Unfinished Business – Lyveden New Bield

Our second foray of the weekend into the English countryside took us to perhaps one of the most romantic ruins you could hope to come across. After traveling down a narrow single track road we turned off onto a non-metalled road that seem to take us across fields before finally revealing a three story, roofless ruin left in the middle of a large field.

Looking across one of the newly restored garden moats towards the ruins.
Looking across one of the newly restored garden moats towards the ruins.

Lyveden New Bield was built by Sir Thomas Gresham, the fervent Roman Catholic, during a time when being a catholic was not perhaps the safest of religions to hold during the 1600’s in the UK. The exact date is unknown but can be estimated to circa 1604–05, the year of Tresham’s death. The New Bield was on the estate of Tresham’s second home, Lyveden Manor House, also known as Lyveden Old Bield. Money didn’t seem to be lacking when he started building it.

Detail of one of the door arches on the first floor.
Detail of one of the door arches on the first floor.

Although it is large, with many rooms, it is thought this was designed to be spectacular garden lodge. I can tell you my garden shed is nothing like this. It is full of religious symbolism.  Designed on a plan reminiscent of a Greek Cross, the facades have a strict symmetry. The building has two floors above a raised basement, with mullioned and transomed windows. Each floor had three rooms with a staircase in the south projection of the cross. The exterior of the building is decorated by friezes of a religious nature.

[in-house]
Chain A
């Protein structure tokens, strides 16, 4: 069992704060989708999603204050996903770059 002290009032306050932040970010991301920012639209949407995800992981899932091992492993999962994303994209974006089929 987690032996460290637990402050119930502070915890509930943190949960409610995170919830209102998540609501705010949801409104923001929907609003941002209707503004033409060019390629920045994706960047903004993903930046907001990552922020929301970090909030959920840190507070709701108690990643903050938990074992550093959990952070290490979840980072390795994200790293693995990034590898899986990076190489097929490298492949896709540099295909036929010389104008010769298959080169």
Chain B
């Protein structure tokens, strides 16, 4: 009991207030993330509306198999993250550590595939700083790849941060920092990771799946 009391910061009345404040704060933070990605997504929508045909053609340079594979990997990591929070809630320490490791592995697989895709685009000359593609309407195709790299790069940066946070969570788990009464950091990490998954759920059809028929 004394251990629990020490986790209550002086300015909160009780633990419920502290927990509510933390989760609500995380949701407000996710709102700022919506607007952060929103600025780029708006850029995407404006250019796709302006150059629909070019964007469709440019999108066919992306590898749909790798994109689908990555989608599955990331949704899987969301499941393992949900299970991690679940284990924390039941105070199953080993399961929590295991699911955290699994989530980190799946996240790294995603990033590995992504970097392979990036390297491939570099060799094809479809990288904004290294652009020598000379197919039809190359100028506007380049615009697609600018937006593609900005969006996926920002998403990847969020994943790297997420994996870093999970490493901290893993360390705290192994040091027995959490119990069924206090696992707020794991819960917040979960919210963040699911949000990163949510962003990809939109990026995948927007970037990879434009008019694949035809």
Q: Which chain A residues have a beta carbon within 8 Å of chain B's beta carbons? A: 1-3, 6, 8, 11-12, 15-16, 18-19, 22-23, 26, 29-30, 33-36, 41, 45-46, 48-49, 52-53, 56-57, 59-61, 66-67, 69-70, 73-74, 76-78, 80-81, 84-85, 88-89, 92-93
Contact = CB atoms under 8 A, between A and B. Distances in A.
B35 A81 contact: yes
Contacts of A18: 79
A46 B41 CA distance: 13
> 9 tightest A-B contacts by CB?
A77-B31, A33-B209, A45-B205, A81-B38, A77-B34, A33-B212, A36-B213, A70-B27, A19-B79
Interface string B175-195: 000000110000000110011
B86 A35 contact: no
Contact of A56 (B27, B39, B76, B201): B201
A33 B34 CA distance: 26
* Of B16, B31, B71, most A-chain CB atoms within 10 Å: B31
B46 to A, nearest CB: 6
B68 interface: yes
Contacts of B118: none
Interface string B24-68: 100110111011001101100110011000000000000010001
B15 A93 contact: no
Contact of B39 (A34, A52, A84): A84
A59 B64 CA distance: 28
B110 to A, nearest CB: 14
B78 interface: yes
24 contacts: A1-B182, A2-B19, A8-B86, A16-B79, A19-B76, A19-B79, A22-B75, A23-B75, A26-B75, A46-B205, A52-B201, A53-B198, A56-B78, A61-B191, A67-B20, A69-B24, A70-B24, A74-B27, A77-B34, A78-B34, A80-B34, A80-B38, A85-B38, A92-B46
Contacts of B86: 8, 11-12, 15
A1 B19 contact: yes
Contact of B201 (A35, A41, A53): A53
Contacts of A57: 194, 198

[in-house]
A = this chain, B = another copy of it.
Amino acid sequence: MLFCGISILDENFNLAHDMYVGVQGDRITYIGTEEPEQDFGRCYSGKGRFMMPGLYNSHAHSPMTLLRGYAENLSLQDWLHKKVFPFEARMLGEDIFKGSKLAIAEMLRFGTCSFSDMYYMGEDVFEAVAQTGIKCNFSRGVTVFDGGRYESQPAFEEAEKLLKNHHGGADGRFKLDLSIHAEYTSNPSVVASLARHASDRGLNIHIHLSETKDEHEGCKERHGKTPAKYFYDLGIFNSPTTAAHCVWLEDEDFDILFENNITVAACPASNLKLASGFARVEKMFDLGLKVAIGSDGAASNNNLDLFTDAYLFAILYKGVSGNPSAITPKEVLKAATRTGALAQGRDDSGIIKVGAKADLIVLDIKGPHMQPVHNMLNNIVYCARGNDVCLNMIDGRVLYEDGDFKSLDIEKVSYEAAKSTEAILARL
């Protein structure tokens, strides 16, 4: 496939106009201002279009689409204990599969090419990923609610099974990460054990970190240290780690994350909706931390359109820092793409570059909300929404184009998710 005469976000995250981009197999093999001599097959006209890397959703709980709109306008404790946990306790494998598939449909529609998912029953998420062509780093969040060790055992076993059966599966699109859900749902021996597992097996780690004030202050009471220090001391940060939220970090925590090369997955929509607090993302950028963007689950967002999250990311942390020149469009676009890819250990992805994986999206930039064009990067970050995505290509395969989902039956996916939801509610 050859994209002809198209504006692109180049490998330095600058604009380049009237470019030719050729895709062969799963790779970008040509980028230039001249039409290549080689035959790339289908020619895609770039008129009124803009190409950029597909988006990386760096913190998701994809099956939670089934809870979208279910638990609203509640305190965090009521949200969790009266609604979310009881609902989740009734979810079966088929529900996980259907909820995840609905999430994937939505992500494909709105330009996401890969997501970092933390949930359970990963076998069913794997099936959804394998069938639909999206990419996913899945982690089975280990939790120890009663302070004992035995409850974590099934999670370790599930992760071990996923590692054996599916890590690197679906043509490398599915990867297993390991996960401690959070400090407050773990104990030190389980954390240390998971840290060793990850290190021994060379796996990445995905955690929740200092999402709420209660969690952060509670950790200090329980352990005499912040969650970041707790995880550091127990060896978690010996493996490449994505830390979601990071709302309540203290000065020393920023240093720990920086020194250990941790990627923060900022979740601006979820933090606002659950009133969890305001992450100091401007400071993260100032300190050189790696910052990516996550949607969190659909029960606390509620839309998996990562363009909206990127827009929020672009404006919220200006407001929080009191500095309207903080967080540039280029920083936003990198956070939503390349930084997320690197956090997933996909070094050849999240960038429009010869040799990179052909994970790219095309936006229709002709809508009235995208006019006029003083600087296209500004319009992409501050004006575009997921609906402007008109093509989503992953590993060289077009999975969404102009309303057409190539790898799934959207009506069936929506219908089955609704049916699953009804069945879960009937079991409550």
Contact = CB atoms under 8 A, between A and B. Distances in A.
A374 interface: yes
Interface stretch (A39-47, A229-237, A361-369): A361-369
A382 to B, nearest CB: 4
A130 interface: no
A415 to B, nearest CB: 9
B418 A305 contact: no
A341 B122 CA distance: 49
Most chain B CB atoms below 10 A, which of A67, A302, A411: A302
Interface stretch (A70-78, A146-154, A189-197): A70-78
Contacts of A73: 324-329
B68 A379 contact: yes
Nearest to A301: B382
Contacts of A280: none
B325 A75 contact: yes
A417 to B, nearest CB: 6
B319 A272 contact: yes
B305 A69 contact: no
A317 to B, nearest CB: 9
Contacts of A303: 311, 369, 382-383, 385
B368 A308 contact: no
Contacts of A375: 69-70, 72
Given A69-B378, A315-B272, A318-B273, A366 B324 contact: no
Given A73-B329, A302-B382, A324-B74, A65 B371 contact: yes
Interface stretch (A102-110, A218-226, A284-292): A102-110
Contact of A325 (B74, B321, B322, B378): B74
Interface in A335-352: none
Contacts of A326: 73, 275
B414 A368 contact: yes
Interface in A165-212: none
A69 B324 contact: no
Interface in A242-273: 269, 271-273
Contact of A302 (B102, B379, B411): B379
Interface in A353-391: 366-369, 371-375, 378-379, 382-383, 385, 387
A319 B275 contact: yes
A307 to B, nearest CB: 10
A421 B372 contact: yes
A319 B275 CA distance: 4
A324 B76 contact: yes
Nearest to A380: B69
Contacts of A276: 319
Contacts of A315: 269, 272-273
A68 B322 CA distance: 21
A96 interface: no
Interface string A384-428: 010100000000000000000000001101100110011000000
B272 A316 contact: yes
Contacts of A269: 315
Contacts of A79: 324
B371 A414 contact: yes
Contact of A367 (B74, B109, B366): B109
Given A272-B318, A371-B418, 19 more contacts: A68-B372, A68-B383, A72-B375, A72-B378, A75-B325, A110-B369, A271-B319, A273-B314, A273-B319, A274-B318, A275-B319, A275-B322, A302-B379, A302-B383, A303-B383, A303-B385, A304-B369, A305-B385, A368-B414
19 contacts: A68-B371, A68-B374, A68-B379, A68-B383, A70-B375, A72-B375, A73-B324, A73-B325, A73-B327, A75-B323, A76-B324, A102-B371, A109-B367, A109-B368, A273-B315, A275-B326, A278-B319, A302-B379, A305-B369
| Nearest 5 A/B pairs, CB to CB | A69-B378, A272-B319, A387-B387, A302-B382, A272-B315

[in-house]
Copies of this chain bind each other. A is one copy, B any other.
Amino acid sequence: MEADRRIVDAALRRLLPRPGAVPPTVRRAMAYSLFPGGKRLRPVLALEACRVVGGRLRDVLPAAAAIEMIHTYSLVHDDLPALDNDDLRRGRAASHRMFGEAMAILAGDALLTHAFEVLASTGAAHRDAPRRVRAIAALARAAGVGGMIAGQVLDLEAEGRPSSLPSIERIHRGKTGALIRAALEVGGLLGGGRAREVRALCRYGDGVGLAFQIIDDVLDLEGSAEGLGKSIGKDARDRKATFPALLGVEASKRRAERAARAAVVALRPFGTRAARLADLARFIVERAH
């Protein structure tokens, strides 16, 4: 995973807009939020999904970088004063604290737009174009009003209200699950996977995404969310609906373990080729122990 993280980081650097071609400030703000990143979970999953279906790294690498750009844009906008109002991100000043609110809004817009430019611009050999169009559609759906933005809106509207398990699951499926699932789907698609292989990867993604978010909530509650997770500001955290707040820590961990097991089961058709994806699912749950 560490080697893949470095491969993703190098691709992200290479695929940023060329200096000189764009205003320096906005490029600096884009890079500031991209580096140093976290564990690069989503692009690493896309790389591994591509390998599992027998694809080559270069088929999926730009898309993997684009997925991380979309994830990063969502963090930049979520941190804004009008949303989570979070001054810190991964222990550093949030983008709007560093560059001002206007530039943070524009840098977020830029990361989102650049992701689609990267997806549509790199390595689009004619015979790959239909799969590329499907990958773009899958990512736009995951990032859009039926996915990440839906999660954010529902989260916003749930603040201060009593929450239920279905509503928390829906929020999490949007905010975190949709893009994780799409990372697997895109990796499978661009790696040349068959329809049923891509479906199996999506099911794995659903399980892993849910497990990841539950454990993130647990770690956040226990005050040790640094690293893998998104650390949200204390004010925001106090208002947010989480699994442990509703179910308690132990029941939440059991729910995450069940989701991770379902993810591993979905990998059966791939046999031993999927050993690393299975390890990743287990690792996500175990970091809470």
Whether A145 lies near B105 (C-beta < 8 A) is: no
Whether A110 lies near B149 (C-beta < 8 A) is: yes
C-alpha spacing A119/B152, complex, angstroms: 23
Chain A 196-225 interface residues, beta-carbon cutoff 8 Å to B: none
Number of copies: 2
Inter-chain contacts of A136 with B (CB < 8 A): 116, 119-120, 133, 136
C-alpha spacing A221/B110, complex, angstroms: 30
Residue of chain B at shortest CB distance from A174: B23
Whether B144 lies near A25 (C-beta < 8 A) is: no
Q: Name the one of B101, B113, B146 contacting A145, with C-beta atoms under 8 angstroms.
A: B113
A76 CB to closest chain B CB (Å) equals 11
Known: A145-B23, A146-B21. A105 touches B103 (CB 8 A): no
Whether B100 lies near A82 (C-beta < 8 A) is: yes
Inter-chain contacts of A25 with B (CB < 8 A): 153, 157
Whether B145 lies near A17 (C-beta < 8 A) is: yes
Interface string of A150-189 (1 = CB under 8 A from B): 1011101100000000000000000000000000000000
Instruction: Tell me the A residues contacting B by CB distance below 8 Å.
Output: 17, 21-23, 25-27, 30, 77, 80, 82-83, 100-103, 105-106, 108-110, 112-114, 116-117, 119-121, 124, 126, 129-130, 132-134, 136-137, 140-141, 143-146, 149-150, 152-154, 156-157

Detail of some of the carving that surrounds the whole building. These remain in excellent condition, despite being over 400 years old.
Detail of some of the carving that surrounds the whole building. These remain in excellent condition, despite being over 400 years old.

But why was it never finished, they obviously had the money. Well this shows you why it is necessary to make sure you pick the right side when planing a revolution. After Thomas Greshamns death in 16015, his son Francis Tresham inherited the estate, but within the same year, along with his cousins Catesby and Wintour, became involved in the Gunpowder Plot. So that was the end of him!

Looking up through the floors.
Looking up through the floors.

Surrounding the lodge are the remains of a garden. Tresham designed extensive gardens between the manor house and the New Bield, but for centuries little evidence of the gardens remained. In 2010, National Trust experts studying photographs taken by the Luftwaffe during the Second World War discovered the remains of an Elizabethan labyrinth, garden and orchard in the grounds.

Restored orchards. The planting is based upon archeology. not much left on the trees to munch on though.
Restored orchards. The planting is based upon archeology. not much left on the trees to munch on though.
A Ruddy Darter Dragonfly. The sun had brought these out, and there were a number of them still patrolling near the moats.
A Ruddy Darter Dragonfly. The sun had brought these out, and there were a number of them still patrolling near the moats.
Autumn colours reflected in the moat.
Autumn colours reflected in the moat.

Lyveden New Bield

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